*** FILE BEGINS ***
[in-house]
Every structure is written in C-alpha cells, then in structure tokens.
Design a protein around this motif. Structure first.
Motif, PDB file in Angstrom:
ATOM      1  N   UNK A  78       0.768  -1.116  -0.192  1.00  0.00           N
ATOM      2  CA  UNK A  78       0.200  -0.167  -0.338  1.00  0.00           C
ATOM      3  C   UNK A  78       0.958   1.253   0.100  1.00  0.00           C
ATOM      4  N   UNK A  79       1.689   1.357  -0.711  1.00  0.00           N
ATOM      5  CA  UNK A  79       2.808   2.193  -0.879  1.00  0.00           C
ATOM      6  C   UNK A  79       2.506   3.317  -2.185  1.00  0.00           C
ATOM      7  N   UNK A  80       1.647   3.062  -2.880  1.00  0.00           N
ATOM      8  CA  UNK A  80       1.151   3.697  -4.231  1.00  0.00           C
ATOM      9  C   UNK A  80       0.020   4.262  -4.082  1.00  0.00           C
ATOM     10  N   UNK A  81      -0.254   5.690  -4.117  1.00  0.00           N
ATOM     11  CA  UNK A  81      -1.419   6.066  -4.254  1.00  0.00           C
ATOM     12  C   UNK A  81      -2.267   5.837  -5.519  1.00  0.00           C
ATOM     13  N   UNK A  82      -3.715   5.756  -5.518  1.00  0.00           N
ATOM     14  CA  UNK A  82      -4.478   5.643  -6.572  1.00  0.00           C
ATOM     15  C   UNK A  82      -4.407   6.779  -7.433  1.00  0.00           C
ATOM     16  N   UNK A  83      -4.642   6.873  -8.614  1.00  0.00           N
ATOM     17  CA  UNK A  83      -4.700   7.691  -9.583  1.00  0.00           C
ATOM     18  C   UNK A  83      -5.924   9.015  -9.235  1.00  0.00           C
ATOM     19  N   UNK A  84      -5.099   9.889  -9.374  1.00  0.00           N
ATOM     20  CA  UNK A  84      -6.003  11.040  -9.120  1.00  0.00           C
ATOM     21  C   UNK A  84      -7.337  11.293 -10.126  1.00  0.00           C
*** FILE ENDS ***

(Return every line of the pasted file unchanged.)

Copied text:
[in-house]
Every structure is written in C-alpha cells, then in structure tokens.
Design a protein around this motif. Structure first.
Motif, PDB file in Angstrom:
ATOM      1  N   UNK A  78       0.768  -1.116  -0.192  1.00  0.00           N
ATOM      2  CA  UNK A  78       0.200  -0.167  -0.338  1.00  0.00           C
ATOM      3  C   UNK A  78       0.958   1.253   0.100  1.00  0.00           C
ATOM      4  N   UNK A  79       1.689   1.357  -0.711  1.00  0.00           N
ATOM      5  CA  UNK A  79       2.808   2.193  -0.879  1.00  0.00           C
ATOM      6  C   UNK A  79       2.506   3.317  -2.185  1.00  0.00           C
ATOM      7  N   UNK A  80       1.647   3.062  -2.880  1.00  0.00           N
ATOM      8  CA  UNK A  80       1.151   3.697  -4.231  1.00  0.00           C
ATOM      9  C   UNK A  80       0.020   4.262  -4.082  1.00  0.00           C
ATOM     10  N   UNK A  81      -0.254   5.690  -4.117  1.00  0.00           N
ATOM     11  CA  UNK A  81      -1.419   6.066  -4.254  1.00  0.00           C
ATOM     12  C   UNK A  81      -2.267   5.837  -5.519  1.00  0.00           C
ATOM     13  N   UNK A  82      -3.715   5.756  -5.518  1.00  0.00           N
ATOM     14  CA  UNK A  82      -4.478   5.643  -6.572  1.00  0.00           C
ATOM     15  C   UNK A  82      -4.407   6.779  -7.433  1.00  0.00           C
ATOM     16  N   UNK A  83      -4.642   6.873  -8.614  1.00  0.00           N
ATOM     17  CA  UNK A  83      -4.700   7.691  -9.583  1.00  0.00           C
ATOM     18  C   UNK A  83      -5.924   9.015  -9.235  1.00  0.00           C
ATOM     19  N   UNK A  84      -5.099   9.889  -9.374  1.00  0.00           N
ATOM     20  CA  UNK A  84      -6.003  11.040  -9.120  1.00  0.00           C
ATOM     21  C   UNK A  84      -7.337  11.293 -10.126  1.00  0.00           C